House slates hearing on social media political ad disclosures

House slates hearing on social media political ad disclosures
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The House will host the first hearing specifically on the need to disclose the sources of political ads online.

Rep. Will Hurd (R-Texas), chairman of the House Oversight Subcommittee on Information Technology, scheduled the hearing for Tuesday of next week. 

The announcement comes one day after Sens. Amy KlobucharAmy Jean KlobucharPoll: Biden holds 10-point lead nationally over Warren Robert Reich sees Democratic race as Warren, Sanders and Biden: 'Everyone else is irrelevant' Democrats lead Trump by wide margins in Minnesota MORE (D-Minn.), John McCainJohn Sidney McCainPublisher announces McSally book planned for May release Democrats lead Trump by wide margins in Minnesota Here's what to watch this week on impeachment MORE (R-Ariz.) and Mark WarnerMark Robert WarnerHillicon Valley: Facebook removes Russian, Iranian accounts trying to interfere in 2020 | Zuckerberg on public relations blitz | Uncertainty over Huawei ban one month out Zuckerberg launches public defense of Facebook as attacks mount Senate Democrats want Warren to talk costs on 'Medicare for All' MORE (D-Va.) released the Honest Ads Act, which would require online political ads to disclose their funding sources.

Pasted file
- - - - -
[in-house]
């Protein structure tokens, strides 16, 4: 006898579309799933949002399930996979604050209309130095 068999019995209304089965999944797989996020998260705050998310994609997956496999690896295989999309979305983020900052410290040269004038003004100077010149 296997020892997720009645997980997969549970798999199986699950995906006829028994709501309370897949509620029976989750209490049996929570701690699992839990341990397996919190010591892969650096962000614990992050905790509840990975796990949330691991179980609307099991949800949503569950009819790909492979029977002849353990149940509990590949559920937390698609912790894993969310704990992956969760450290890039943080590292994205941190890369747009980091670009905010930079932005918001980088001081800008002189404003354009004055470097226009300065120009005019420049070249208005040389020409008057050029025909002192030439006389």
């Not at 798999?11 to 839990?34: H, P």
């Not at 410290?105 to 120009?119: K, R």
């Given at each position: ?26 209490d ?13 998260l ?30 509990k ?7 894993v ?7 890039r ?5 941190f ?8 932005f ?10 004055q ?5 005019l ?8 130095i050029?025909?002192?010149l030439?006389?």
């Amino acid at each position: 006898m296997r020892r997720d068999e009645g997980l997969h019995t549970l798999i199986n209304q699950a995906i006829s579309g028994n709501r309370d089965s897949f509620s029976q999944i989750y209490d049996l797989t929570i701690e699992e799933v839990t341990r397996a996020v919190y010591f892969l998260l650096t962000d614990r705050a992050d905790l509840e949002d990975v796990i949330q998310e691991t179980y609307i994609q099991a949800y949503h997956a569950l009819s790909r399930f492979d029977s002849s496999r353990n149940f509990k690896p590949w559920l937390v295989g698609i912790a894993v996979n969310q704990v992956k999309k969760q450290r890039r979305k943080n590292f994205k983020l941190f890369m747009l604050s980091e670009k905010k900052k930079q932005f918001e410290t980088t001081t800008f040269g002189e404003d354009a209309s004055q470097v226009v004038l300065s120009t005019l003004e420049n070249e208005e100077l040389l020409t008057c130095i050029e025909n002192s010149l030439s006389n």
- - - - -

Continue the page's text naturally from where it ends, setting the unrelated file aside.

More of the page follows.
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The bill seeks to reign in the anonymity in online ads that served Russia in what U.S. intelligence agencies believe was a campaign to undermine the 2016 presidential election.

The hearing will feature David Chavern, president and chief executive of the newspaper trade association the News Media Alliance; Allen Dickerson, legal director of the campaign free speech rights group Center for Competitive Politics; communications attorney Jack Goodman; Randall Rothenberg, president and chief executive of the advertising trade group the Interactive Advertising Bureau; and Ian Vandewalker, senior counsel of the Brennen Center for Justice.

Facebook, Google, Twitter and Instagram have all acknowledged running political ads placed by a Kremlin-linked "troll farm," the Internet Research Agency, during the 2016 campaign.

Facebook, Google and Twitter are all slated to testify on the matter at a Nov. 1 hearing on Capitol Hill.